Looking Past the Just the Greens Fee

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When selecting a course to play many of us will simply choose the lowest greens fee within a reasonable distance to travel, and that’s where your group ends up playing. However there are some other intangibles and “nice to haves” that some courses excel at. These details and extras enhance the experience for the golfer, and while these courses might have a slightly higher greens fee at times, these upgrades might not always be considered when choosing where to play, when primarily comparing greens fees.

The biggest intangible is probably the friendliness and knowledge of the staff. It starts  from your first interaction with the pro shop. When the pro shop has a staff that is engaged and attentive it makes a difference. You feel catered to, and it adds to the experience of the day. Rather than a simple monetary exchange, it’s great when the pro shop is there with the extra attention to detail. Offering accessories, like sunscreen and bug spray or letting you know about an upcoming events. While the friendly pro shop, or starter might not be what keeps you coming back to a course, unfriendly staff can definitely keep you away, so it is important.

The quality of the carts also has an impact on overall experience. New carts with USB charging ports are a nice touch, however one of the often over looked course upgrades is a paved cart path. Going down a dusty, or bumpy path sometimes feels like racing in the BAJA 1000, and if your beer can is in the cup holder it’s probably bouncing and spilling everywhere. Im convinced that repeatedly tensing up riding over bumps all day can add to the fatigue at the end of a round, and a smooth ride can be a pain saver if you experience any back pain from the lack of suspension.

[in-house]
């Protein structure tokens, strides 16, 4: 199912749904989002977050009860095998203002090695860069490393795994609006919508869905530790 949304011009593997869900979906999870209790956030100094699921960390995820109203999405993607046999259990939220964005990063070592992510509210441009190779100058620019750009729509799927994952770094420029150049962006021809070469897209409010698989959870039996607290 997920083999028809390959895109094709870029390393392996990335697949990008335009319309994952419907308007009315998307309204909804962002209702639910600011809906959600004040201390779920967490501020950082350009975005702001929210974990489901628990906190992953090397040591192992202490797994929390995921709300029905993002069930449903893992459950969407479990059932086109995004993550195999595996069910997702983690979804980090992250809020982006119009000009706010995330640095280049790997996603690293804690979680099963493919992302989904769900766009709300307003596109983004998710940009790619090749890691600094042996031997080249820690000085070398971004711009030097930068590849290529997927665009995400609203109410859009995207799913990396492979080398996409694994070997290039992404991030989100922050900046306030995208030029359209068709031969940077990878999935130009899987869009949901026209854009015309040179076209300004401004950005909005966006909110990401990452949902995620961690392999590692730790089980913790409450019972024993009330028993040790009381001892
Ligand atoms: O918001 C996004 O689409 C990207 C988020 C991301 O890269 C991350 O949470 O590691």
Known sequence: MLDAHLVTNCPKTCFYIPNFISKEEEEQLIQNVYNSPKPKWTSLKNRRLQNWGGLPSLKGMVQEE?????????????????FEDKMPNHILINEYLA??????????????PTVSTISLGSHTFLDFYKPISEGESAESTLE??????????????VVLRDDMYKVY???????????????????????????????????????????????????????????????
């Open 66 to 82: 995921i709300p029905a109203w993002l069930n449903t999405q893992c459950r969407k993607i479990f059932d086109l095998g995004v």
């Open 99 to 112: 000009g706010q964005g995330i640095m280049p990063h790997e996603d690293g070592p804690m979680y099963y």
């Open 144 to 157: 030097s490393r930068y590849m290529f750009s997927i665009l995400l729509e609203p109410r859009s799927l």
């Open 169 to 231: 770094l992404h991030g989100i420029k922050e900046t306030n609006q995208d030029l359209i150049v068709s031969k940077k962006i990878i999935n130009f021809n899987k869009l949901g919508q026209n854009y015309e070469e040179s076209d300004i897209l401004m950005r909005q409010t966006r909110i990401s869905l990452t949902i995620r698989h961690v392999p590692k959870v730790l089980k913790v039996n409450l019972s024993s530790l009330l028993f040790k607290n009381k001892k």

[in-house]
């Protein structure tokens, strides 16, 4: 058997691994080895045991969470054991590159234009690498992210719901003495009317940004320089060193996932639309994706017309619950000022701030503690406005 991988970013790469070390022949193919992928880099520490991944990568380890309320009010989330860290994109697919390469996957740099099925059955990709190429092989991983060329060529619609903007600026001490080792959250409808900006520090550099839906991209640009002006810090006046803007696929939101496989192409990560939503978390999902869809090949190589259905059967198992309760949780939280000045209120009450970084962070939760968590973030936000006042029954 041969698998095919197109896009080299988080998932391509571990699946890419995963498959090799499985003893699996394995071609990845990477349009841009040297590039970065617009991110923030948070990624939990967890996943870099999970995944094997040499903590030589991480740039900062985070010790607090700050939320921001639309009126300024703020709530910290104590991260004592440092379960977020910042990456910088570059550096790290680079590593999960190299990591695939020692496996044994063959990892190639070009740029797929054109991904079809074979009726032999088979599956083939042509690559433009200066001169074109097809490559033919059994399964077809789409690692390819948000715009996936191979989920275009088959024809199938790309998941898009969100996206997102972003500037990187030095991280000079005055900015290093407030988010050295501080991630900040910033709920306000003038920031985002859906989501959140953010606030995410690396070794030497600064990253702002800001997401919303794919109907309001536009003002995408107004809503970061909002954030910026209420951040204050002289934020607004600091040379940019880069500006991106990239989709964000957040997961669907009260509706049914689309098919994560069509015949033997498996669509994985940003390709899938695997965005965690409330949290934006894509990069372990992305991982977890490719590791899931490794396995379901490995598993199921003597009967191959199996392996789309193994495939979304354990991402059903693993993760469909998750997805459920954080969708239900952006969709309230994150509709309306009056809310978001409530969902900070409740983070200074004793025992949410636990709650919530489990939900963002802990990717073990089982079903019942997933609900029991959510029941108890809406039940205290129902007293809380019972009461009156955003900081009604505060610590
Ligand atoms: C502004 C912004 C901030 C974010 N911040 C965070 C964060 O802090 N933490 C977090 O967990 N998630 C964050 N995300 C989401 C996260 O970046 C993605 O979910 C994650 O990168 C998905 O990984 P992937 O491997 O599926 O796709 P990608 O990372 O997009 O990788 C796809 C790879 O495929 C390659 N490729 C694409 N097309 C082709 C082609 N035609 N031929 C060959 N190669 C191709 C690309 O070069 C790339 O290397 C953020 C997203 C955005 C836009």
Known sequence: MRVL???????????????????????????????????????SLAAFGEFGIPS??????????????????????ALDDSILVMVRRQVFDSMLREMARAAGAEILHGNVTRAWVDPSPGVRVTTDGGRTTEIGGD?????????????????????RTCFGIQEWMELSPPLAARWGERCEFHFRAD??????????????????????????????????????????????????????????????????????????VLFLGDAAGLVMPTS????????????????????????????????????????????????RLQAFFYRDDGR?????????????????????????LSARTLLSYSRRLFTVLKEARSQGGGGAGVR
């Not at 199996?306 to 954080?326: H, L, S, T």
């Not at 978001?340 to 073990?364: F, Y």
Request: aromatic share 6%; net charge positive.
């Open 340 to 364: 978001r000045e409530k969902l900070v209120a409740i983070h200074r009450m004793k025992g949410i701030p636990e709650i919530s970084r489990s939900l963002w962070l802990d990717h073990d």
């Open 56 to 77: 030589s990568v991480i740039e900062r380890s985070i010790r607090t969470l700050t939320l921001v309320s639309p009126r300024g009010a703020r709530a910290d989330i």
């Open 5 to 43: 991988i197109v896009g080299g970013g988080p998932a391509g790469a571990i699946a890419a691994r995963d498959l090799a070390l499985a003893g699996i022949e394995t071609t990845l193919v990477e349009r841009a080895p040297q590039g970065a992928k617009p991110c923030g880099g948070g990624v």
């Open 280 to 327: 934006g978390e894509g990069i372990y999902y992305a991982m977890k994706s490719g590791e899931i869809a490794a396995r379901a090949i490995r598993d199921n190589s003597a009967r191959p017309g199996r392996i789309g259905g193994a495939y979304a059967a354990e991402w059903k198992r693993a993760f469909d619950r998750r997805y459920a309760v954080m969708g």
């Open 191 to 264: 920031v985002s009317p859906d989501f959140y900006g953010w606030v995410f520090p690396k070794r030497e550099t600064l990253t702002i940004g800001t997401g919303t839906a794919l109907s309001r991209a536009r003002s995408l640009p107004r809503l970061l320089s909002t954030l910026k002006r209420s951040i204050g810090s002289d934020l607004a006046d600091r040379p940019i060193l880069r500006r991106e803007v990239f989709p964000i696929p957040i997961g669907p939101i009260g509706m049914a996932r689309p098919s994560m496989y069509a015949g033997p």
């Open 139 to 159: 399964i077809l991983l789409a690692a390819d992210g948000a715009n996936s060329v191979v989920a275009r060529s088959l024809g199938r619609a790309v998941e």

The layout and location of the course is important as well.  I find, the best courses have a way of engulfing you, and giving you a real escape or getaway from the outside world. They are immersive, and usually offer at least one or two picture worthy views. The condition and maintenance of the course is also crucial. No one likes to chip from where grass should be growing, and putting over obstacles should be reserved for mini golf. The worst are the dreaded aerated greens.

Lastly the clubhouse. Ideally you can get a perfectly grilled hot dog on the turn, and after the round, maybe a more substantial meal. The restaurant attached to the clubhouse should offer more than just domestic beer, and walk the fine line of being a nice place to eat, but still a relaxed comfortable environment. Again the best place isn’t always the most expensive, but it’s rarely the least expensive.

I’m not saying that the most expensive course is necessarily the best in each and every way, but simply to consider more than just price when making your decision. Try to factor in the overall experience from the Pro Shop to the the 19th hole, after all, playing golf is spending money on yourself, and that’s the last person you should cheap out on.

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